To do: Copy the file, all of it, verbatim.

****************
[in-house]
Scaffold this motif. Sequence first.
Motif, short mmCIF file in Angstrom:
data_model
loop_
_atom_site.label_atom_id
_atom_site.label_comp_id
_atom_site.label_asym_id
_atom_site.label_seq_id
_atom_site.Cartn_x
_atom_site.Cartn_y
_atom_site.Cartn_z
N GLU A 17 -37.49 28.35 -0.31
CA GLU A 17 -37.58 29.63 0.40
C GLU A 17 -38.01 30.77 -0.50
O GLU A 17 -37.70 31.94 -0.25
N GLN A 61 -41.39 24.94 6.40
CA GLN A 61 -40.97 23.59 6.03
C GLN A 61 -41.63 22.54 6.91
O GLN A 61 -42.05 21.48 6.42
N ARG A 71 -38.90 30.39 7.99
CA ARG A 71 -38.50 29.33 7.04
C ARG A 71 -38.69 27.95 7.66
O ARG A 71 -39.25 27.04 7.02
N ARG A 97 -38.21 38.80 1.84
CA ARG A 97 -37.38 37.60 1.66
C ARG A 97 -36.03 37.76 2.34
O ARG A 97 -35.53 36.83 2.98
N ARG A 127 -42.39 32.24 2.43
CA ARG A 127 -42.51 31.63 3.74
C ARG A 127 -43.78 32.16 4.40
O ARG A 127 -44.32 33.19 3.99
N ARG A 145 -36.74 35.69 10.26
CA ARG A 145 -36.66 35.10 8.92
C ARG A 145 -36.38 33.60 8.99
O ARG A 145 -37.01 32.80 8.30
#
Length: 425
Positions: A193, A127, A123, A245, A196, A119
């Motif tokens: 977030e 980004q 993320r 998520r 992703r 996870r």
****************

[in-house]
Scaffold this motif. Sequence first.
Motif, short mmCIF file in Angstrom:
data_model
loop_
_atom_site.label_atom_id
_atom_site.label_comp_id
_atom_site.label_asym_id
_atom_site.label_seq_id
_atom_site.Cartn_x
_atom_site.Cartn_y
_atom_site.Cartn_z
N GLU A 17 -37.49 28.35 -0.31
CA GLU A 17 -37.58 29.63 0.40
C GLU A 17 -38.01 30.77 -0.50
O GLU A 17 -37.70 31.94 -0.25
N GLN A 61 -41.39 24.94 6.40
CA GLN A 61 -40.97 23.59 6.03
C GLN A 61 -41.63 22.54 6.91
O GLN A 61 -42.05 21.48 6.42
N ARG A 71 -38.90 30.39 7.99
CA ARG A 71 -38.50 29.33 7.04
C ARG A 71 -38.69 27.95 7.66
O ARG A 71 -39.25 27.04 7.02
N ARG A 97 -38.21 38.80 1.84
CA ARG A 97 -37.38 37.60 1.66
C ARG A 97 -36.03 37.76 2.34
O ARG A 97 -35.53 36.83 2.98
N ARG A 127 -42.39 32.24 2.43
CA ARG A 127 -42.51 31.63 3.74
C ARG A 127 -43.78 32.16 4.40
O ARG A 127 -44.32 33.19 3.99
N ARG A 145 -36.74 35.69 10.26
CA ARG A 145 -36.66 35.10 8.92
C ARG A 145 -36.38 33.60 8.99
O ARG A 145 -37.01 32.80 8.30
#
Length: 425
Positions: A193, A127, A123, A245, A196, A119
């Motif tokens: 977030e 980004q 993320r 998520r 992703r 996870r």